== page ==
Kids ask so many questions! You don’t want to discourage their curiosity but where can you find kid-sized answers to all of their questions?
This post contains affiliate links.
Nothing makes you feel as clueless as you feel when a four-year-old starts asking questions.
“Why is the sky blue? Why is the grass green? Why do dogs bark? Why do we stop at red lights? Where do babies come from”…
We’ll leave that one for another article.
Kids are inquisitive because they are learning about the world around them. You want to encourage their curiosity and give them good answers to their questions. By attempting to find answers, you are building your child’s trust. Where do you find good answers that kids can understand?
Google maybe be our first inclination but it is not always the best place to find kid-sized answers so here are a few resources to help you and your child find out how far away the stars are, why dogs can’t talk, or whatever pressing question they have today!
Reliable tools to find kid-sized answers:
1- Google kids– Yes, there is a “Google” option just for kids. Actually there are several sites powered by Google that have safe guards in place to prevent “potentially harmful material” from being displayed. They also tend to return results from sites that are geared towards children (Discovery Kids, National Geographic Kids, etc.). These search sites are affiliated with Google but not endorsed by them. Here are a few links:
- Safe Search Kids – I love that this site includes tabs for safe wiki, safe images and safe videos
- Kiddle- This site features larger fonts and images. It looks a lot like Google in its setup.
- Junior– This search site seems to simply use Google’s SafeSearch (more one that in a minute)
- KidRex– KidRex says it uses Google’s SafeSearch and it’s own databases to return kid-friendly information
You can also enable SafeSearch on the standard Google site. Here is a link to the instructions from Google: Google SafeSearch
2. Epic!– This is my “go-to” information source. Epic! calls themselves “the Netflix of Children’s Books” and features over 30,000 titles. For a nominal monthly fee, your child has unlimited, ad-free access to books about their favorite characters, fiction titles, educational videos, and even read-to-me options. There are no in-app purchases to worry about either.
The thing I like the most about Epic! is that I can search for nearly any topic and find a children’s book related to that subject. I also love that it displays the age range and reading time for each book as well as the categories. For example, my oldest has just started reading so she likes the “Read-to-Me” books so she can follow along. You select a category, then a book, and start reading. (There are even books that offer a quiz at the end to reinforce reading comprehension skills!).
I could truly go on-and-on about this app because I (and my kids) really do love it. This is a great tool to find answers to “why is the sky blue” or even allow your child to find out for his/her self!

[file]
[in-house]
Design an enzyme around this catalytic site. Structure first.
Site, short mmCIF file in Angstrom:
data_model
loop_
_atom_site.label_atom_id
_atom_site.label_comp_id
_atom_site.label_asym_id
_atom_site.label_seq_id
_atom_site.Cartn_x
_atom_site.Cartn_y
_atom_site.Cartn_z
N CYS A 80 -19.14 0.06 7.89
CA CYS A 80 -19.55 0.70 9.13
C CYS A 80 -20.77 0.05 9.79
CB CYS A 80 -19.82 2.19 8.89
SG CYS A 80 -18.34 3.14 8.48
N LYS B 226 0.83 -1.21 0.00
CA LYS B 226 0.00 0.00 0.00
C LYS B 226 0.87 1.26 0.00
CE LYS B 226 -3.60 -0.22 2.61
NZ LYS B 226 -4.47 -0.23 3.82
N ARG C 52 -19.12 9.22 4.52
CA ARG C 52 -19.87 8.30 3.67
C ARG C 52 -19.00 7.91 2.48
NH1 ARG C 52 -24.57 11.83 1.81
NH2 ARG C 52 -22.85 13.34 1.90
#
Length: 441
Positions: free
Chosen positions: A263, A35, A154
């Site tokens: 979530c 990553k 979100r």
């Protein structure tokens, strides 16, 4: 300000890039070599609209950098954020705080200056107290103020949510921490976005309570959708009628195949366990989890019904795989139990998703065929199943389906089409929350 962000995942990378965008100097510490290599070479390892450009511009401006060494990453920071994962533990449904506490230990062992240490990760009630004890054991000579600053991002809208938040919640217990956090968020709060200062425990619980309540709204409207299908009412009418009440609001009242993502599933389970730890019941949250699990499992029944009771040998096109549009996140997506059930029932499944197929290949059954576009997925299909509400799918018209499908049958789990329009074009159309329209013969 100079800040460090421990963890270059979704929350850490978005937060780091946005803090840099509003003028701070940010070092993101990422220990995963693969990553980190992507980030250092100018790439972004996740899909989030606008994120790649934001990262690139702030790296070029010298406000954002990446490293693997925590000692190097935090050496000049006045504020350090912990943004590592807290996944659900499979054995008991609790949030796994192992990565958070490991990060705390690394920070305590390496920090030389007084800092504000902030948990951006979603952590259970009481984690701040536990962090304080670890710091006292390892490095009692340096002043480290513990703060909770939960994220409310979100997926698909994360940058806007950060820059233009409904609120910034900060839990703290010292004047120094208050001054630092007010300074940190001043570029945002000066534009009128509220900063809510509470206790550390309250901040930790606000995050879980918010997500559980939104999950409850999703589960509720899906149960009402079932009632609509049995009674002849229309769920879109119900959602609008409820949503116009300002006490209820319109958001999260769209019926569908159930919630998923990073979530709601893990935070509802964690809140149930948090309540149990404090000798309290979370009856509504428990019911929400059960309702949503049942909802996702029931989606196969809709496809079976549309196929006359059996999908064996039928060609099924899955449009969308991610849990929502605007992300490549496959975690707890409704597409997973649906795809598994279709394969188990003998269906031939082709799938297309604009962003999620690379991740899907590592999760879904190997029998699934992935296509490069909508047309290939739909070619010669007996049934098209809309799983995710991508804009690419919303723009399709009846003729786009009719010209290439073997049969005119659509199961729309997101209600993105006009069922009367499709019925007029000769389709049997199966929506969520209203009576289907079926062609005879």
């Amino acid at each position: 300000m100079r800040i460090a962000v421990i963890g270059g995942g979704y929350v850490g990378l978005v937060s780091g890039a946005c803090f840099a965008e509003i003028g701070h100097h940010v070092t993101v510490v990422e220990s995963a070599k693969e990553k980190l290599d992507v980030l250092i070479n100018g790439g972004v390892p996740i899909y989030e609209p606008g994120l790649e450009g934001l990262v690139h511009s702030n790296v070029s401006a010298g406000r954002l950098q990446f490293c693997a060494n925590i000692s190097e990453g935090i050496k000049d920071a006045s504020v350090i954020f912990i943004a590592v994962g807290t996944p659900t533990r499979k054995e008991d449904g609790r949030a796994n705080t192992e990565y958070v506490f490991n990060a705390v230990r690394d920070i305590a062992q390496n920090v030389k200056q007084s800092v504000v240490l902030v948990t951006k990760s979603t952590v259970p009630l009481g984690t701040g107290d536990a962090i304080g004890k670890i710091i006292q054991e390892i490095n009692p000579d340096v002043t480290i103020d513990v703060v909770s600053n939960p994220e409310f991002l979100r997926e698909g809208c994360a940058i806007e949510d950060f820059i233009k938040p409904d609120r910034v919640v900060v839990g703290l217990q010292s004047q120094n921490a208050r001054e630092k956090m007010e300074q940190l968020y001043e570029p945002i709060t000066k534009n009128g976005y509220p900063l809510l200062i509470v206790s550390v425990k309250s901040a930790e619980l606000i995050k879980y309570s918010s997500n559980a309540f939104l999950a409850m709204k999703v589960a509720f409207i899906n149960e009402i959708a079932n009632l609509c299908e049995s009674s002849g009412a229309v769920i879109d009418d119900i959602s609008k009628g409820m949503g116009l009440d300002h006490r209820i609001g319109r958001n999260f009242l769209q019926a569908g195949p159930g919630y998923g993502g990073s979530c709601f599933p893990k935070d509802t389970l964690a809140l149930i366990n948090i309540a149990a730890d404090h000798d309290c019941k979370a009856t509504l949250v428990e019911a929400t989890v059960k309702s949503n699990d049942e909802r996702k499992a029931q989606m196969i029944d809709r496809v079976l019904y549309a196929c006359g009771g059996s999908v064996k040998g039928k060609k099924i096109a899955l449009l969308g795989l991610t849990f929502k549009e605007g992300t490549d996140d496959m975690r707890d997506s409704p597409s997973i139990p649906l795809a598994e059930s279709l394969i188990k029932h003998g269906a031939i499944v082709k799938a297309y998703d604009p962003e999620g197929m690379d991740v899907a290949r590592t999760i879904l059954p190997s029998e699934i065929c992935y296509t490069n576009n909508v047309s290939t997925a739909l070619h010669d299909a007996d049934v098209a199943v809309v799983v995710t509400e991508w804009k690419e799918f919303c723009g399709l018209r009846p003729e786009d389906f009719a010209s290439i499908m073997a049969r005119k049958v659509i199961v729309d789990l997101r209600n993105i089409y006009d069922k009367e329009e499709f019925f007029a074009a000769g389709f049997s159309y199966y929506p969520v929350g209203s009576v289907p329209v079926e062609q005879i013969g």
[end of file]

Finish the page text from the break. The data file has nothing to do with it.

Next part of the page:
I want to leave you a link that gives you a 30-day free trial of Epic! so you can try it. You can cancel anytime but I bet you will find the app as intriguing as I do. I really think it encourages a love of reading and gives a ton of resources for answering their questions. (LINK: Read FREE for 30 days!)
3. Youtube kids– This is a great option for instructions. For example, if your child is interested in learning to play the piano or wants to know how a train engine works, videos are a great tool. Youtube Kids is also content-controlled so you can feel safe allowing your kids to search around. They can even use the voice search feature if they want to play by themselves but can’t spell yet 😉
Youtube was such a big issue for me as a parent that I did a ton of research on making it safe. You can learn more (and find a tutorial) by checking it out here: What every parent needs to know about keeping YouTube safe for kids.
YouTube kids is a safer, more kid-friendly tool than YouTube itself when it comes to answering kid questions. Check out the safety features in the article above and I think you will feel more comfortable allowing your child to conduct his/her own searches on the kid-friendly version.
4. ABCmouse.com– ABCmouse.com is an all around great educational tool. We have been using the program for over 2-years and continue to renew every year because we love it. I found this trick to get the kids engaged and the rest was history.
I also use ABCmouse.com as a tool to answer hard questions or explain things in kids terms. This is actually where the “how do plants grow” question finally got answered in my house. While planting our spring zucchini, my daughter kept asking about the plants and the only thing I could think was “photosynthesis”. Not a great answer to a 3-year-old so I started thinking of ways to find a kid-sized answer.
ABCmouse.com has a search feature that allows you to type in a term and find related content (games, coloring sheets, puzzles, songs, etc.). We were able to find an entire unit on how plants grow. Needless to say, ABCmouse.com was able to explain “photosynthesis” in a way that didn’t sound like an episode of The Big Bang Theory.
Saved by the mouse!
Now the next time your child asks why “why do bees buzz,” you can say “let’s find out together”! It sounds better than “ask your father” 😉 and it offers a bonding moment for you and your curious kiddo. It’s nice to be able to give them quality, kid-sized answers to their “little” questions now so they will trust you with the “big” questions later…